Recently, I posted a story about a photograph taken at Khe Sanh during the siege by a young freelance photographer for Newsweek Magazine. The photo showed some Marines carrying the body of a 20 year old 2nd Lt. who had been killed in an ambush. That picture was of a mere handful of the 45 men from 3rd Platoon, Bravo Co. of 1st Bn. of the 26th Marines who survived a fierce and overwhelming ambush by units of the 304th NVA Division. This story is about that event too, and about one of the survivors of that patrol, which has ever since been known as the “Ghost Patrol.”
On Feb. 25, 1968, during the middle of the siege at Khe Sanh, 3rd Platoon of Bravo Co. 1/26, under the leadership of 20 year old 2nd Lt. Donald Jacques, was given the assignment to go out a ways from the perimeter of their section of the base to try to assess the numbers and locations of the nearby enemy, and possibly bring back a prisoner. But what happened to them that day still rubs a raw wound in the memories of those who went through the siege together almost 50 years ago now. It was a terrible disaster for those men who went out that day and for their brother 26th Marines who were unable to go out and retrieve their bodies for the next six weeks.
On that fog-shrouded morning, the patrol was drawn into a massive ambush. They were quite literally cut to pieces by the superior forces of the NVA and only 18 of the original 45 members of the patrol were able to escape and make it back to the base with the body of the young 2nd Lt. Jacques. The rest of the patrol was killed in the action, or so it was thought. Their brother Marines could look out from the base with binoculars and see some of their dead comrades lying out there, but the decision was made by the command on base not to send more Marines out to recover the bodies because it was clear that it would be too dangerous and too costly. They did not want to lose any more personnel given that our numbers were already so low in relation to the 20-40 thousand NVA that had us surrounded at that time. That was unbelievably painful for the 1/26 Marines on base to take.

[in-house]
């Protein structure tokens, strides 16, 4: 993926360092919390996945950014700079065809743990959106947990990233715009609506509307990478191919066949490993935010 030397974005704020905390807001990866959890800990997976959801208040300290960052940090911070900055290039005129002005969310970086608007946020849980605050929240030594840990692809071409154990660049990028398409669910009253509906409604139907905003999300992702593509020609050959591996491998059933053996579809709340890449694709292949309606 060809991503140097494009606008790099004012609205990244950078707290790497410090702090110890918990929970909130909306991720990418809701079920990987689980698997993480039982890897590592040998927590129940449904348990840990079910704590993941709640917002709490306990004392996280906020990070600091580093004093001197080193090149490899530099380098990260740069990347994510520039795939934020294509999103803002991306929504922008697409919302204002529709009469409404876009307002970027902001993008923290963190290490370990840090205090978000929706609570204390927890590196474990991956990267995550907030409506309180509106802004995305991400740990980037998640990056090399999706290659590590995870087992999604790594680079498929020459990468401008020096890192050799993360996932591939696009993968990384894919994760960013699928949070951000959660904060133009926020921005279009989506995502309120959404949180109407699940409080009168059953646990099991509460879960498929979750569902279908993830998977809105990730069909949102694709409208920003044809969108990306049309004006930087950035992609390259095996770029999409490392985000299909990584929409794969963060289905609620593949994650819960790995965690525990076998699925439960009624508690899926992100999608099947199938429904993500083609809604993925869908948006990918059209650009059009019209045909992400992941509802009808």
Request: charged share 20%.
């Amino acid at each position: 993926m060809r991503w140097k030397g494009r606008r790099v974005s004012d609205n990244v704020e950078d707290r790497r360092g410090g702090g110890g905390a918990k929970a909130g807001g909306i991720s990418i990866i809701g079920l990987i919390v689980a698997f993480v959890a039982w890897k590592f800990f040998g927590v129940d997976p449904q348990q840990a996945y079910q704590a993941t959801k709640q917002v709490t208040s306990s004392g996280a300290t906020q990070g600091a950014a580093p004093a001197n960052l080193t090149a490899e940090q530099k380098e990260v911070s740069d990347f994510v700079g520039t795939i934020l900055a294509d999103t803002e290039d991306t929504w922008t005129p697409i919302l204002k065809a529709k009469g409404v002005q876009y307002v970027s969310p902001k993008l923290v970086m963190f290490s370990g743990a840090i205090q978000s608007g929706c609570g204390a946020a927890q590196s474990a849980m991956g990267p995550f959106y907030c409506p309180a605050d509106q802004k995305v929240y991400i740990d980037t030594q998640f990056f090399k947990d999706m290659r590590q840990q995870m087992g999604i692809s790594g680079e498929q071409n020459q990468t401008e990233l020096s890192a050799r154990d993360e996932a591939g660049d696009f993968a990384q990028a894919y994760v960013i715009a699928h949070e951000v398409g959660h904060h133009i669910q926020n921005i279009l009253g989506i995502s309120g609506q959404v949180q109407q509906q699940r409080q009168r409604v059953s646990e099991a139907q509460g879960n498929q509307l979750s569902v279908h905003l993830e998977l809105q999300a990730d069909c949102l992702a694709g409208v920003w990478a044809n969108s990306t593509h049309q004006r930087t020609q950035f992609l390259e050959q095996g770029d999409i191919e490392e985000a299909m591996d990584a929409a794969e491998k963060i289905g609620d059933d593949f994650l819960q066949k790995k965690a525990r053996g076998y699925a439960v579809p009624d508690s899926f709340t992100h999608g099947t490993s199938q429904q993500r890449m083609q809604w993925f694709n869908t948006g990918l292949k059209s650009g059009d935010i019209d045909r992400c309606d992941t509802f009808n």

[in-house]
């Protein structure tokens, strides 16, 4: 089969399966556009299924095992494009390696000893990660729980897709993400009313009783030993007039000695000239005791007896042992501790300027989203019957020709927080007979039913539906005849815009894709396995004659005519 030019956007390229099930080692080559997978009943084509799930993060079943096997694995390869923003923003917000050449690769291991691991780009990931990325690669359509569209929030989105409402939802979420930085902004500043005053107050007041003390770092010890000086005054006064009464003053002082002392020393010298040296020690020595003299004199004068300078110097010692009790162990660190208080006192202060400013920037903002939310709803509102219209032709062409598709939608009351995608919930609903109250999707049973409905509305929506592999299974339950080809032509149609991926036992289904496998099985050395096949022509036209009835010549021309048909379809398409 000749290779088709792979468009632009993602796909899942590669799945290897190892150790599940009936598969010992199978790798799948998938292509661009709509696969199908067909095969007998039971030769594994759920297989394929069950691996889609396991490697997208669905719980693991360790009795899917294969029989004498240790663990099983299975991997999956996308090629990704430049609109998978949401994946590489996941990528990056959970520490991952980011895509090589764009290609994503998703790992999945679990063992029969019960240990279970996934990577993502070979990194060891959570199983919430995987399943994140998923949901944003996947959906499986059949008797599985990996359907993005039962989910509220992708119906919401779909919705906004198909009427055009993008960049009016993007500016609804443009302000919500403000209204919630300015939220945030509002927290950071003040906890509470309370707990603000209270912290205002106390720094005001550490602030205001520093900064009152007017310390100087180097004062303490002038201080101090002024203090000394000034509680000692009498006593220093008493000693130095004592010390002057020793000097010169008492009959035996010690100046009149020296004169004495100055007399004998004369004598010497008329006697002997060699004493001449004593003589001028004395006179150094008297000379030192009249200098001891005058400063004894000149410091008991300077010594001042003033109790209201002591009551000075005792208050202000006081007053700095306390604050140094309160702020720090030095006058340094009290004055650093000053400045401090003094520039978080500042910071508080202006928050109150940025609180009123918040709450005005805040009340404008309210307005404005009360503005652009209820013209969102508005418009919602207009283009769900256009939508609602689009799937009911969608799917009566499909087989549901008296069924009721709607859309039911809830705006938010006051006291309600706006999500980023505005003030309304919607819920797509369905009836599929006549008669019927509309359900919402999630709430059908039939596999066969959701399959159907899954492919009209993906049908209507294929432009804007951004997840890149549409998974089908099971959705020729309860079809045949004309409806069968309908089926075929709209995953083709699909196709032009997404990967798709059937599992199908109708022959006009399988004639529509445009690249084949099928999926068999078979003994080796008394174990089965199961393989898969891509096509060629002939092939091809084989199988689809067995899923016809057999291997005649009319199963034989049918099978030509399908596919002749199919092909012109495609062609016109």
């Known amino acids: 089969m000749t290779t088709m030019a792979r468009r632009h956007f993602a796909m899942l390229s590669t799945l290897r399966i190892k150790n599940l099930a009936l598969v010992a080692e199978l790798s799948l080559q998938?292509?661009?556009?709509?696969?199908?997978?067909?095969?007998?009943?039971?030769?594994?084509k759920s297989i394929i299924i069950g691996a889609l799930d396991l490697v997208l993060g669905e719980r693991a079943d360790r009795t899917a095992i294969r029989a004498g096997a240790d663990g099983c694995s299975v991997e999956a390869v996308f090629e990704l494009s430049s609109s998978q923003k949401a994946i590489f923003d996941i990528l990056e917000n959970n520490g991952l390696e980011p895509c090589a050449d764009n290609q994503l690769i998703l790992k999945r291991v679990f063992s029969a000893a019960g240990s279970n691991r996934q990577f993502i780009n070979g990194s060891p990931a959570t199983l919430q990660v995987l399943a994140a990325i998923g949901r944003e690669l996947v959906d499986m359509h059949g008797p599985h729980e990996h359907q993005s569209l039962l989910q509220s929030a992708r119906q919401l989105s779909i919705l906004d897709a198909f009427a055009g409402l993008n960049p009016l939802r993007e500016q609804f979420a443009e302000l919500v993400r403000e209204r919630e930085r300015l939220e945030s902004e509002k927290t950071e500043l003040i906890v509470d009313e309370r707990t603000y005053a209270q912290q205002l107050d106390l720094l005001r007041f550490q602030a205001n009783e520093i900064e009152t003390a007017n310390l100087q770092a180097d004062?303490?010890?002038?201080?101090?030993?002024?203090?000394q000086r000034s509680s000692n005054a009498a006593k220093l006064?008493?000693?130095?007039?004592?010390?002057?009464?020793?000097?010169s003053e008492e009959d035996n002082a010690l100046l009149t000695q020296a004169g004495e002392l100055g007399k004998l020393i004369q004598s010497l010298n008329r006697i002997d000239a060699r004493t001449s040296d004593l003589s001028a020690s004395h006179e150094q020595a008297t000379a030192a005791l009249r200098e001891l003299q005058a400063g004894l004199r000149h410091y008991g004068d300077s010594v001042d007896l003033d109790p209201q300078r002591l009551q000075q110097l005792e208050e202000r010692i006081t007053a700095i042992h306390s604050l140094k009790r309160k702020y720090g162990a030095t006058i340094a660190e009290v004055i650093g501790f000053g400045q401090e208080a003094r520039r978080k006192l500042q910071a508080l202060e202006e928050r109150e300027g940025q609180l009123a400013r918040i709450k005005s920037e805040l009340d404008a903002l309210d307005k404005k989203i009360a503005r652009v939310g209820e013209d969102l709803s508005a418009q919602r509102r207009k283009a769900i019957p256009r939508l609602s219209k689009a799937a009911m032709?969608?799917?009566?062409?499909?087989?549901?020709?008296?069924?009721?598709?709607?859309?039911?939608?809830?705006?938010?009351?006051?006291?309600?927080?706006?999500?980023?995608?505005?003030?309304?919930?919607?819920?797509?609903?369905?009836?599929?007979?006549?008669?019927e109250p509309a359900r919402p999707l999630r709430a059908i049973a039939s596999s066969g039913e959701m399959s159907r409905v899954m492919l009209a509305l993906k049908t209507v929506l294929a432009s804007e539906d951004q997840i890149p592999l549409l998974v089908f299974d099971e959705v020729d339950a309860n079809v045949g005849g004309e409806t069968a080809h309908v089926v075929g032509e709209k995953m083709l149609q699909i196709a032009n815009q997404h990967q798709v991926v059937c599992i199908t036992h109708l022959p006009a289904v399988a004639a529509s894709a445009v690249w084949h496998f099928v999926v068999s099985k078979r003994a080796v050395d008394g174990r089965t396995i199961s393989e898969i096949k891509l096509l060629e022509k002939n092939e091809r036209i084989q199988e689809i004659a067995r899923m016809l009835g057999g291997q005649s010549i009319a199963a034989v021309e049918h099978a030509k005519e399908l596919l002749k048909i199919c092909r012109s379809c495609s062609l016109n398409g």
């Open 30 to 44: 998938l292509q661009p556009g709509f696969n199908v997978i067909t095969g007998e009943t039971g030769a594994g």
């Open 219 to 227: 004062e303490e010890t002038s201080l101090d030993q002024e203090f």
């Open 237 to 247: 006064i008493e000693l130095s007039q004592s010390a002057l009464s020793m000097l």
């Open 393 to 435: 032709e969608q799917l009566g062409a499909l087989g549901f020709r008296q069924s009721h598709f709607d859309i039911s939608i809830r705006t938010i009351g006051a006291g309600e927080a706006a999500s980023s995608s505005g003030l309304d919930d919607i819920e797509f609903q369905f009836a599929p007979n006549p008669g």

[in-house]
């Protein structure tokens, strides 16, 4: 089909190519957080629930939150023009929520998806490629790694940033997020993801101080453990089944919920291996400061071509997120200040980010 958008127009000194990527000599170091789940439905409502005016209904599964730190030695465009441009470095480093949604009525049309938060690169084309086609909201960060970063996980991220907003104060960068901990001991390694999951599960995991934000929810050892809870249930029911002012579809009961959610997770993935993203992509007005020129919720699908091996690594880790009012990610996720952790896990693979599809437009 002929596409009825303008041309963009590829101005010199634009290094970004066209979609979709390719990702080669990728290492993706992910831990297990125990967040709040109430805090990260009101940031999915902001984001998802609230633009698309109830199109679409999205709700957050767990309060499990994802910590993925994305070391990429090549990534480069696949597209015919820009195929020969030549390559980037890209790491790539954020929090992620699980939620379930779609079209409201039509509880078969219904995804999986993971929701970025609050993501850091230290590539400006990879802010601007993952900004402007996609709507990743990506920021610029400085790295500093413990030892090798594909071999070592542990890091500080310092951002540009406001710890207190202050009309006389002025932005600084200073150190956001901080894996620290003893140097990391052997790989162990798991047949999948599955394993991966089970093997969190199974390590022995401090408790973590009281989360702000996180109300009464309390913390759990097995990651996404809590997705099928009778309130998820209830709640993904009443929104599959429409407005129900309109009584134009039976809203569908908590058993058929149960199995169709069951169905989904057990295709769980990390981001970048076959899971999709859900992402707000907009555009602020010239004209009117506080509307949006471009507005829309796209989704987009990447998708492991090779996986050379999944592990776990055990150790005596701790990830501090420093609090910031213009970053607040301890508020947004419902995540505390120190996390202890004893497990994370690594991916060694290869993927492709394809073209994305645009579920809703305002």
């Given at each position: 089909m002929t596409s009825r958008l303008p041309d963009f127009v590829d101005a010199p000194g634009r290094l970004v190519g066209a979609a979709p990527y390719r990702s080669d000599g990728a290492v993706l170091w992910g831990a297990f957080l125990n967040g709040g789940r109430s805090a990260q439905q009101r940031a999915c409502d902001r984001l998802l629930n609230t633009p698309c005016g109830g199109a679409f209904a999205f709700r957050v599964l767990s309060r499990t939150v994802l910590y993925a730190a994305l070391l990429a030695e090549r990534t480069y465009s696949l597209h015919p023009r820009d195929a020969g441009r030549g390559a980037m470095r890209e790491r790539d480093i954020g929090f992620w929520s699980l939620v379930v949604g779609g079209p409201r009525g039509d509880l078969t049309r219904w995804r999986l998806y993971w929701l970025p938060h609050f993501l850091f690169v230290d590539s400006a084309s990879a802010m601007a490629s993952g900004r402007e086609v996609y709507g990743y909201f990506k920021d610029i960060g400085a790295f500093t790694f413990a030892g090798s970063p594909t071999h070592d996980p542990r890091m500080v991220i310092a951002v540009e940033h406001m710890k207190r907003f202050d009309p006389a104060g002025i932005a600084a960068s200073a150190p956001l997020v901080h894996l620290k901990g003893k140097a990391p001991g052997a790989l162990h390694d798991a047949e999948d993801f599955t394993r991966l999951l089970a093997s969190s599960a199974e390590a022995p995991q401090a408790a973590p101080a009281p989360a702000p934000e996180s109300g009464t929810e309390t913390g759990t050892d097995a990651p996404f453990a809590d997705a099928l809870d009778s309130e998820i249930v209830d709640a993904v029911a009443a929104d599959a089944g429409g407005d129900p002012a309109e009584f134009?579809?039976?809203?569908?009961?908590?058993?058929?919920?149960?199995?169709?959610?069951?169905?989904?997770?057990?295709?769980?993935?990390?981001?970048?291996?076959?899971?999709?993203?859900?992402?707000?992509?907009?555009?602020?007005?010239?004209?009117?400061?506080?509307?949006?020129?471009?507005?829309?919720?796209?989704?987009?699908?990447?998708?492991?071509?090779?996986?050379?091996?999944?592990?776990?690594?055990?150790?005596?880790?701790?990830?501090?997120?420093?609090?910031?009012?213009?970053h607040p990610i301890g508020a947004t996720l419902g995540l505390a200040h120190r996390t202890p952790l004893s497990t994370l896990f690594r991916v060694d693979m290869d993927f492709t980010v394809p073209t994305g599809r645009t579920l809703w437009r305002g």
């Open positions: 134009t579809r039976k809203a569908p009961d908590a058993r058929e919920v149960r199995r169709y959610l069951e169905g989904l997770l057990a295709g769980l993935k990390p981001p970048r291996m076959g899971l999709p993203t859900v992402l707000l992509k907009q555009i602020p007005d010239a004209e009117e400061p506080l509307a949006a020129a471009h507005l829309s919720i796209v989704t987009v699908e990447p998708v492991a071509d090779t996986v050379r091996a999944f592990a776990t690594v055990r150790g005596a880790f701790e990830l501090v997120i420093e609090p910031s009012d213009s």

One of the members of that “Ghost Patrol” was an 18-year-old Pfc. by the name of Ronald L. Ridgeway. Like the others, he was listed among the KIAs of the 3rd platoon of Bravo Co. 1/26 that day.
The Marines were not able to go out and retrieve the remains of their brothers until the siege broke. When they did, they were able only to find bones, bits of clothing and dog tags. They were able to identify all but nine of the bodies. Ridgeway was among the unidentified nine. His family was notified that he was missing and presumed dead, and on Sept. 10, 1968, he and the eight others were ceremonially “buried” in a national cemetery in St. Louis under a stone with their names on it. His family had to live on with the loss of their young son, and with the terrible fact that there was only a stone with his name over an empty grave.
But Pfc. Ronald Ridgeway was not dead.
In a way he was a real ghost for the next six years. He was alive, but the only ones who knew that were his NVA captors and his fellow POWs.